A show of support for strategic sourcing
- By Mark Rockwell
- Jul 17, 2013
GSA's Thomas Sharpe says the agency will develop and launch 10 new strategic sourcing solutions by next year. (File photo)
As the Federal Acquisition Services commissioner echoed his boss's enthusiasm for federal strategic sourcing initiatives, a bipartisan group of Washington lawmakers was busy preparing legislation aimed at widening the pricing practices at federal agencies.
In a July 15 blog post on the agency's website -- posted the same day General Services Administration head Dan Tangherlini testified before Congress on how strategic sourcing aids the federal government's bottom line -- FAS Commissioner Tom Sharpe said GSA has committed to help develop and launch 10 new strategic sourcing solutions by the end of fiscal 2014. The agency currently has four current bulk-buying solutions that include wireless services, print management, express mail services and office supplies.
The Federal Strategic Sourcing Initiative, he said, not only saves money for the government, but also brings opportunities for business.
"With GSA's strategic sourcing initiative for office supplies, for example, 76 percent of the vendors are small businesses," he said. "Those small businesses have seen sales of more than $460 million since 2010, when this initiative kicked-off. Strategic Sourcing relies on principles that aim to meet socioeconomic and sustainability goals; in doing so, both the government and industry comes out ahead.
Strategic sourcing and its potential for federal savings has become something of a bipartisan battle cry on Capitol Hill in the last few days. While senators at the hearing had questions, they largely acknowledged that bulk-buying efforts have produced substantial savings for government agencies on certain types of purchases, and said the practices should more widespread and codified within the federal government.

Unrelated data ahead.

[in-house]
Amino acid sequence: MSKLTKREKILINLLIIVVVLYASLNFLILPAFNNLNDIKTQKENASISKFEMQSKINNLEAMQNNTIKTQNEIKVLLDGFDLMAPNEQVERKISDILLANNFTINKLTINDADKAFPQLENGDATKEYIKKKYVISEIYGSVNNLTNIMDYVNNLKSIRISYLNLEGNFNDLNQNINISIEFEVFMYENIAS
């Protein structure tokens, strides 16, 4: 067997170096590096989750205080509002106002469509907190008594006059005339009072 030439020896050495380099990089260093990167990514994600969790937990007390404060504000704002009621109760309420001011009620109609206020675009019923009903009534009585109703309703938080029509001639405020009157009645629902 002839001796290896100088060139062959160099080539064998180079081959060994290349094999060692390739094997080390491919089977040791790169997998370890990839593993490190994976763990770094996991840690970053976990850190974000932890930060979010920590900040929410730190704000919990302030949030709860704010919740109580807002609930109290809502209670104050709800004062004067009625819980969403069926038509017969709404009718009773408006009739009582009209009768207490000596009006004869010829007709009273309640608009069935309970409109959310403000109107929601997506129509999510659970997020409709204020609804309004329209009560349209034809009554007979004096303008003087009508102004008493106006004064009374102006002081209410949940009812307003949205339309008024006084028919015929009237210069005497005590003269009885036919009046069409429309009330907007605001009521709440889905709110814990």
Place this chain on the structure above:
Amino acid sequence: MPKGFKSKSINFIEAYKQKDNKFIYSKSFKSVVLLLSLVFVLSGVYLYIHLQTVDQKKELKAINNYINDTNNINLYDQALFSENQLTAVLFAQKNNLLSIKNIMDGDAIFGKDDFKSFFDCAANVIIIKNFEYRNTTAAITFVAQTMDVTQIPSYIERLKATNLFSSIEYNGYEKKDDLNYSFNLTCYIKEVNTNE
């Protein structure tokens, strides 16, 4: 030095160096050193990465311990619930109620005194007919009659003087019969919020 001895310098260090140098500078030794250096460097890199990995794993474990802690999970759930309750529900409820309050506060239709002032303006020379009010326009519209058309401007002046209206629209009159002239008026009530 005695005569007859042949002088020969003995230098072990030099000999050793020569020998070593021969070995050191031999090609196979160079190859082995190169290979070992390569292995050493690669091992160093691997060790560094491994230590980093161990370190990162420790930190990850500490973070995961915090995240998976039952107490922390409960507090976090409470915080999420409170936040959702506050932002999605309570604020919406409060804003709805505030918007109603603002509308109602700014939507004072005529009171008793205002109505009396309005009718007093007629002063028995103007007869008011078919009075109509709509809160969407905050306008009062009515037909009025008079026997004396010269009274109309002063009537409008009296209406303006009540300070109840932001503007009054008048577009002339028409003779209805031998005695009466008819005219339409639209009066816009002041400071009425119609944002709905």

A bipartisan group of 78 federal lawmakers called the No Labels caucus, scheduled a July 18 press conference on Capitol Hill where they planned to unveil a package of nine "common sense" bills aimed at making government more efficient, effective and less wasteful. Reportedly, a bill setting requirements for federal agencies to save between $10 billion and $100 billion in spending in fiscal 2014 and 2015 through strategic sourcing is included in the legislative package. The group is lead by former Republican Governor of Utah Jon Huntsman and Sen. Joe Manchin (D-W.Va.).
In his blog post, Sharpe said FSSI now includes more than 20 military and civilian agencies that have collaborated to develop government-wide common procurement vehicles that offer greater discounts, provide improved management, support small business participation, and represent best practices.
Sales from strategic sourcing contracts and blanket purchase agreements, he said, have translated into hundreds of millions of dollars for government agencies. He noted GSA's print panagement solution alone has helped save the Agriculture Department 15 percent on its printing costs, the National Transportation Safety Board 13 percent and the Alaska National Guard 36 percent.
Mark Rockwell is a senior staff writer at FCW, whose beat focuses on acquisition, the Department of Homeland Security and the Department of Energy.
Before joining FCW, Rockwell was Washington correspondent for Government Security News, where he covered all aspects of homeland security from IT to detection dogs and border security. Over the last 25 years in Washington as a reporter, editor and correspondent, he has covered an increasingly wide array of high-tech issues for publications like Communications Week, Internet Week, Fiber Optics News, tele.com magazine and Wireless Week.
Rockwell received a Jesse H. Neal Award for his work covering telecommunications issues, and is a graduate of James Madison University.
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